Eco-friendly and more sustainable weddings are becoming increasingly popular as many of us strive to make more conscious decisions about but going down the sustainable route doesn’t necessarily mean sacrificing quality or luxury.
Charlotte Ricard-Quesada, owner of bespoke event and wedding planning business, La Fete, shares her top tips for throwing the perfect sustainable wedding celebration.
Sustainable Wedding Tips
Venue & decor
An eco-friendly venue doesn’t necessarily mean getting hitched in a field or forest (though this is of course an option!). Consider venues that actively work to reduce their energy consumption, with solar panels for example; and preferably opt for a ready built structure, such as a barn, hall, castle, etc, in order to avoid the large scale transport necessary to bring in a marquee. If you want a tent feel, why not opt for a luxury yurt? There are companies offering hand crafted yurts made from sustainable materials and whose mission is to leave the nature around them untouched. However, your eco-friendly wedding doesn’t need to look rustic: it can be as luxurious as you like, but sustainable through the quality of materials you choose to decorate with, recyclability of items and attention paid in reducing overall waste, for instance, hiring as much as you can as opposed to buying.
Catering & wedding cakes for a sustainable wedding
More than ever, caterers are offering sustainable options to their clients. Produce used to compose wedding menus is seasonal, organic and sustainably farmed, with an emphasis on local items. Also, why not consider a vegetarian or vegan menu? Removing meat and/or animal produce will cut down on your overall costs, as well as reducing environmental impact. Speaking of which, make sure not to have any plastic or non-recyclable disposable tableware on site. Prefer glass and ceramic, or for the party, if you want to avoid smashed glasses on the dance floor, there are companies that create fully recyclable eco-cups.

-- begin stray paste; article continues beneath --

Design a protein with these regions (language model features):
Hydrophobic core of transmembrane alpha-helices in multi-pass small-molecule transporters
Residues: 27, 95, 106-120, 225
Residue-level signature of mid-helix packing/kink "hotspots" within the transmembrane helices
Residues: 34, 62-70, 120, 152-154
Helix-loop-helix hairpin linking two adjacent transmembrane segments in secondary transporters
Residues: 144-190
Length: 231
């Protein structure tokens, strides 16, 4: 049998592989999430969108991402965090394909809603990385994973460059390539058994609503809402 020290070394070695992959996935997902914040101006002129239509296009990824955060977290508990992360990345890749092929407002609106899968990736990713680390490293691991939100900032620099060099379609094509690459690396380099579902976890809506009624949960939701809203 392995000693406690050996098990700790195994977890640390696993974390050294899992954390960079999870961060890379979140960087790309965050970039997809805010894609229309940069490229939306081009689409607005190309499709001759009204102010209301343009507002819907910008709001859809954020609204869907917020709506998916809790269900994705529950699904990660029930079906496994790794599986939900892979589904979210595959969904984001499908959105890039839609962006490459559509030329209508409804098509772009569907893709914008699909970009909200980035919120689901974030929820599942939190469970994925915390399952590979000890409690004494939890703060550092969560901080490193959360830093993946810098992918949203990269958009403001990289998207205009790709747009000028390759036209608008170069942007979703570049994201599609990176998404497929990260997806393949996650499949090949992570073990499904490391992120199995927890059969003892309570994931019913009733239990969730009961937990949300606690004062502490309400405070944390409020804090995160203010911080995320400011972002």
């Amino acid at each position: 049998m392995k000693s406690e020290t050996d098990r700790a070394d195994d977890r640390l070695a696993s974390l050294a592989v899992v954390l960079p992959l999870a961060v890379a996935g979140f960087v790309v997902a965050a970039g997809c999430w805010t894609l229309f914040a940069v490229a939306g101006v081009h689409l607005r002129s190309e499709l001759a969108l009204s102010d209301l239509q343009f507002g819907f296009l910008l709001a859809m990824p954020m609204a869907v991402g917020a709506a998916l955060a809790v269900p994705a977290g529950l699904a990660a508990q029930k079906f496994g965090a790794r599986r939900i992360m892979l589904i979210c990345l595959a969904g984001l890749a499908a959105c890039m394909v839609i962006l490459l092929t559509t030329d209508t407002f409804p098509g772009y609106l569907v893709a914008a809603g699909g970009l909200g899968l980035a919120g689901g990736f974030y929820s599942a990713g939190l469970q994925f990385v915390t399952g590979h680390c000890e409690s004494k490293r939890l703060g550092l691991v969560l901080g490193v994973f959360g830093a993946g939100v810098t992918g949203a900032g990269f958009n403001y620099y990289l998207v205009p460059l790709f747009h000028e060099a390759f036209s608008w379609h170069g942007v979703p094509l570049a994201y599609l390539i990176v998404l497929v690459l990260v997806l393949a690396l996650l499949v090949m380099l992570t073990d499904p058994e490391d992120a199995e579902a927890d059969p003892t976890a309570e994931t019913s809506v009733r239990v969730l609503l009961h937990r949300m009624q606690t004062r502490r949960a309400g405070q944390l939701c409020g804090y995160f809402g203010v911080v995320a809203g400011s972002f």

As for your cake, you can either opt for an organic bakery or theme your cake around seasonal fruits. More and more companies also offer vegan, gluten-free or dairy-free cake options, so do shop around to find the right fit for you.
Transport tips for a sustainable wedding
In order to avoid guests driving themselves to your venue, why not organise a coach for them? There are many options for you to choose from, either vintage with an old school double decker bus, or more modern with a sleek luxury coach. Our advice would be to have a maximum of two to three pick up stops, in order to minimise time on the coach and any schedule confusion among the guests. As an alternative, you can also organise hybrid cars and electric taxis to get your guests to the venue. For the evening returns, consider a rolling schedule of minibuses to get your guests back to their hotels/homes available for when they’re ready to head off: your wedding planner can make sure that they are full before leaving, in order to minimise the backs and forths.
Favours & wedding gifts
With your favours, there are a million and one options that you could go for. Consider personalised biscuit place cards, local products such as honey or jams with custom labels, handmade soap/scent, lavender bags, candles, personalised seeds, small potted plants, personalised illustrations of your guests (on recycled paper of course), etc. Just make sure that your favours include no plastic or wasteful materials in their packaging. As for wedding gifts, consider donations from your guests towards your honeymoon (or carbon offsetting it), as well as donations to a charity of your choice. You can of course go for a traditional wedding list, but consider the items you are selecting carefully.
Flowers for a sustainable wedding